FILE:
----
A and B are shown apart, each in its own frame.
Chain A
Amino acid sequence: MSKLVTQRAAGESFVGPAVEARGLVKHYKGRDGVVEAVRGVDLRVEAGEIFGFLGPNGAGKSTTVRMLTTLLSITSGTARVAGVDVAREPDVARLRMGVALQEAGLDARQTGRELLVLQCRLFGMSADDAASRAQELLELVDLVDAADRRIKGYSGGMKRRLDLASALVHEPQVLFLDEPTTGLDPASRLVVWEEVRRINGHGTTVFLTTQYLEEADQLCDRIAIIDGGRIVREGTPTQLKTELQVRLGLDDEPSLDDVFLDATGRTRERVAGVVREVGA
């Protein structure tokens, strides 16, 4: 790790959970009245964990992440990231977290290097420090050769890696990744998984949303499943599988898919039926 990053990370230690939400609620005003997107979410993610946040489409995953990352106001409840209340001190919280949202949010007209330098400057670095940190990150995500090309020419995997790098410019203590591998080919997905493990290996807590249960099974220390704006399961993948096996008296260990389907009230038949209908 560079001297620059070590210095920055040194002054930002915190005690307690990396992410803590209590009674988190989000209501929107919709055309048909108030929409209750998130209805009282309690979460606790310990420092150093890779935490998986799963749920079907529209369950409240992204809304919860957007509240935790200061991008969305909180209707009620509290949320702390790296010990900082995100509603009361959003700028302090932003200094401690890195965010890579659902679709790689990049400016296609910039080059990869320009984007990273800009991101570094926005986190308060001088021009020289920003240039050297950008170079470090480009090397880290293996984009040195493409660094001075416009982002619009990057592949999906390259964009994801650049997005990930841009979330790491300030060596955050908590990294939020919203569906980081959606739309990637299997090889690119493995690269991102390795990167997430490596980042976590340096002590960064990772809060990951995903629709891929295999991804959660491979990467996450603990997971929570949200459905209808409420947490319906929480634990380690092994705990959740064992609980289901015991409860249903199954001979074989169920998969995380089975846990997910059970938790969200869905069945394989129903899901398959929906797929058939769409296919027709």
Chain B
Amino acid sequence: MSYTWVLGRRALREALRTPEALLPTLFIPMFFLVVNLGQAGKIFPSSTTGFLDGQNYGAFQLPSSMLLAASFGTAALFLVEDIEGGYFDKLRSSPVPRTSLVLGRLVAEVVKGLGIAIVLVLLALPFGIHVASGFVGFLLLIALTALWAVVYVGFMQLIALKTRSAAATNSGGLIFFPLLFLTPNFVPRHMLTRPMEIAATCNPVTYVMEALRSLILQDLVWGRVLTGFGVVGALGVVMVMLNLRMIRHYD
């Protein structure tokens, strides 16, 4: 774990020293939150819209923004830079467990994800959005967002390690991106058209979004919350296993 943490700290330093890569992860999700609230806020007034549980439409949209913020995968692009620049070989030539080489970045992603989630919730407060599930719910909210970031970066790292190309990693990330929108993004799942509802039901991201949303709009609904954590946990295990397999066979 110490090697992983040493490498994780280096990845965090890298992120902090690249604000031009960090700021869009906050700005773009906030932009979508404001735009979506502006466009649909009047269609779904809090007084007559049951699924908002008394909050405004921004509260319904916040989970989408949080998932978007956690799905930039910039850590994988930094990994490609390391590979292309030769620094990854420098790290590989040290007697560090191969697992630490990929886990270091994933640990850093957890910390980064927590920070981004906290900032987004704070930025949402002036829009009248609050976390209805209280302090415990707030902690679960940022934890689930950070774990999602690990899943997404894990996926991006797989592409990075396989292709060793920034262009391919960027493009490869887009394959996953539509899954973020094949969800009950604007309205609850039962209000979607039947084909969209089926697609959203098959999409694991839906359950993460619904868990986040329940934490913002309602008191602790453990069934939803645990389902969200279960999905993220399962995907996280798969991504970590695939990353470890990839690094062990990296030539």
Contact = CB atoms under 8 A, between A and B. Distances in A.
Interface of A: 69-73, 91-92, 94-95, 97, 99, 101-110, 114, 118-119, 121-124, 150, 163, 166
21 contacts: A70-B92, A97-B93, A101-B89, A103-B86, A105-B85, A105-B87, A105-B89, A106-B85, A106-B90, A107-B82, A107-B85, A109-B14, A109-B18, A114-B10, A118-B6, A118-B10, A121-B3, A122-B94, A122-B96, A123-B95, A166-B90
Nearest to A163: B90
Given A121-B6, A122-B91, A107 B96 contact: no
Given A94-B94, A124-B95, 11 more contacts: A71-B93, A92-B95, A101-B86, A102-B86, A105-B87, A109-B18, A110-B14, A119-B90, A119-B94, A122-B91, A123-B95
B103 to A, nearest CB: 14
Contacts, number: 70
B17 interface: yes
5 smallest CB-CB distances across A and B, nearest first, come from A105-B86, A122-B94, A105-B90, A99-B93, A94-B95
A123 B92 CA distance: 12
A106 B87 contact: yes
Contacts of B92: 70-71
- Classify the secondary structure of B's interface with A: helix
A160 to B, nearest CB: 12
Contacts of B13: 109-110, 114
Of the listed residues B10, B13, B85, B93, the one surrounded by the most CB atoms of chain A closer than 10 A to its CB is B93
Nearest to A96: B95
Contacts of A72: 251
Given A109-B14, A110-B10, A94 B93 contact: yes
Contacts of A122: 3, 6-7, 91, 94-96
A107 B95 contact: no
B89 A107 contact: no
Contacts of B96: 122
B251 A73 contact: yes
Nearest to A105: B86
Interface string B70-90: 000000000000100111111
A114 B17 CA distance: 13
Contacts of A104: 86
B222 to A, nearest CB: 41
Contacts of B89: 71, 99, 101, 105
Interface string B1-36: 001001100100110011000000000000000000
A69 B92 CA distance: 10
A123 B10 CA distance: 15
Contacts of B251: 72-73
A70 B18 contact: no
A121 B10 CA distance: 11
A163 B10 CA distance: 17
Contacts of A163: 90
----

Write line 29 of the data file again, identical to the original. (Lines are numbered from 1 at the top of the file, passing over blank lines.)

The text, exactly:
A107 B95 contact: no